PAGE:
During the nighttime festival, Christine, navigated the contested spaces of the Acequia Madre with a wireless camera attached to her own body. The video was transmitted from her remote exploration to an installation within the festival where a pre-recorded soundscape and printed broadsheet contextualize her walk. Through the use of video and performance, Live Stream attempted to perceive beyond the surface of the built environment through the act of walking in space, to uncover and reclaim the vitality of ecological resources that continue to exist. 

Christine collaborated with Fritz Hahn, Town of Taos Council Member; and Bobbie Jaramillo, Mayordomo of la Acequia Madre.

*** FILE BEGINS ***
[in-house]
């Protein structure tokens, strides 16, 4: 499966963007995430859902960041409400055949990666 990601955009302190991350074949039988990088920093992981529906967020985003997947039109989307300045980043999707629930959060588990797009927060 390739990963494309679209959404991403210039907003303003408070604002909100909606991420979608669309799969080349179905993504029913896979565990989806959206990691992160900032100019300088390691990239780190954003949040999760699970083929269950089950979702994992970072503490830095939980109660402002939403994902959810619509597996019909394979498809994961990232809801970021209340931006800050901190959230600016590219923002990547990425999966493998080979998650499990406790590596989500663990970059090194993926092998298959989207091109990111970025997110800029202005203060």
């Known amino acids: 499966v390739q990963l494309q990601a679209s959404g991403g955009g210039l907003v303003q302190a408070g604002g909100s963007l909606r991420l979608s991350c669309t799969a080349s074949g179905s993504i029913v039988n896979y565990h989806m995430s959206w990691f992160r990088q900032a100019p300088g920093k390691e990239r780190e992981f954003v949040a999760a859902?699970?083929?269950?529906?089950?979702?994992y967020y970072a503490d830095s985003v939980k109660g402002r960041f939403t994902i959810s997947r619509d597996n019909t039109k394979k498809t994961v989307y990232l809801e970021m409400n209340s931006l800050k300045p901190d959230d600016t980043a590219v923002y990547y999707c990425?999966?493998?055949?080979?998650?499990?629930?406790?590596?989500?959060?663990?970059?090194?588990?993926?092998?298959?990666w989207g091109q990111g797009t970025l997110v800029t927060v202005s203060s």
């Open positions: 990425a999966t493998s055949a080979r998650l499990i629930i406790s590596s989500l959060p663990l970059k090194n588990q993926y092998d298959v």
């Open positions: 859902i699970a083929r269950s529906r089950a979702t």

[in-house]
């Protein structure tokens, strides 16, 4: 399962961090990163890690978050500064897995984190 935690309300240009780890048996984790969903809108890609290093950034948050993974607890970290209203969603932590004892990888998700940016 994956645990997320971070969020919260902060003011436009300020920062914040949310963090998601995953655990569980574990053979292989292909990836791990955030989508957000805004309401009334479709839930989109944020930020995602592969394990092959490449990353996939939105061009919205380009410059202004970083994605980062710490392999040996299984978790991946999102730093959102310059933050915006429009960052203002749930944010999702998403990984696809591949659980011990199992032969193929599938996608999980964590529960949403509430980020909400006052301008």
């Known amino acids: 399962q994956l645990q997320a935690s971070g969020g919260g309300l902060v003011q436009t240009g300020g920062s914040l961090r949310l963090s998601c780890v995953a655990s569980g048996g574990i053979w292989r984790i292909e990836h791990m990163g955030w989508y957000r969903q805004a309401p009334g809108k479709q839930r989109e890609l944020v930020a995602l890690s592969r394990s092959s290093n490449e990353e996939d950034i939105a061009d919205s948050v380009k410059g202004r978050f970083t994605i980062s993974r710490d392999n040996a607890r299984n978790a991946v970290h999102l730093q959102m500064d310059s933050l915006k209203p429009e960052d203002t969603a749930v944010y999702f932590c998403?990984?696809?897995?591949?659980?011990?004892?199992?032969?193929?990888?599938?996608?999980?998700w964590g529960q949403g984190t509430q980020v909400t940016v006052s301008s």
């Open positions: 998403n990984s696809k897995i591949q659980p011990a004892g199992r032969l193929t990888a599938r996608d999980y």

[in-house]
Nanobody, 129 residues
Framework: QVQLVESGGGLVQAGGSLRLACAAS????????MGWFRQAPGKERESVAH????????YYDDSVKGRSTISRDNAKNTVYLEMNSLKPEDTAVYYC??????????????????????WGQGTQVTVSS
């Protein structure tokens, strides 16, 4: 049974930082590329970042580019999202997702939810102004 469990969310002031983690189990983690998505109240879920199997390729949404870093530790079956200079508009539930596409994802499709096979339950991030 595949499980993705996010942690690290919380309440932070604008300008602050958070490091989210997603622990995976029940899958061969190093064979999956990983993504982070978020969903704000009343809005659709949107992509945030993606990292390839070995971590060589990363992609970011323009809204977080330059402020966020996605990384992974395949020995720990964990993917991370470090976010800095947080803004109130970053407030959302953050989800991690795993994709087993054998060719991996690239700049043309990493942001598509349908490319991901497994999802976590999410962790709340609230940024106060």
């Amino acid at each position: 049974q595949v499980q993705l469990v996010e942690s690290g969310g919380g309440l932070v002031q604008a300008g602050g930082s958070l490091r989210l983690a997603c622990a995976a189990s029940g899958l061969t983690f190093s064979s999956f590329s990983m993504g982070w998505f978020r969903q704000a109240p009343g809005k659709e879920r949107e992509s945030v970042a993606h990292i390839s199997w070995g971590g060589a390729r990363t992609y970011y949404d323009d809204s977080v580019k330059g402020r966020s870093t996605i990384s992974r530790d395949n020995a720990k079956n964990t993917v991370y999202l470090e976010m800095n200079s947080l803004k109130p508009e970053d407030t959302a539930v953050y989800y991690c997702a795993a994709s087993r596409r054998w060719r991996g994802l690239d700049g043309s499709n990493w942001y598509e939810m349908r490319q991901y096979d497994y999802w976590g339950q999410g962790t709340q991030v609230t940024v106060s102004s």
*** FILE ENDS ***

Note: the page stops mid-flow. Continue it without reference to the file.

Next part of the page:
Coherence/Interference was an audience-generated sound performance comprised of a large video projection, two regalia-draped figures -- one containing a smaller tablet-sized video and the other operating as an interactive sound device.  This piece was an active response to the nearby Chevron Questa Mine Superfund site, featured in both videos. The smaller video shared facts about the mines legacy interspersed with the phrase "and so we sing the land." The larger projection featured drone-shot video of the mined landscape. This image was manipulated by a computer program that synced to a microphone-like instrument embedded in the second figure.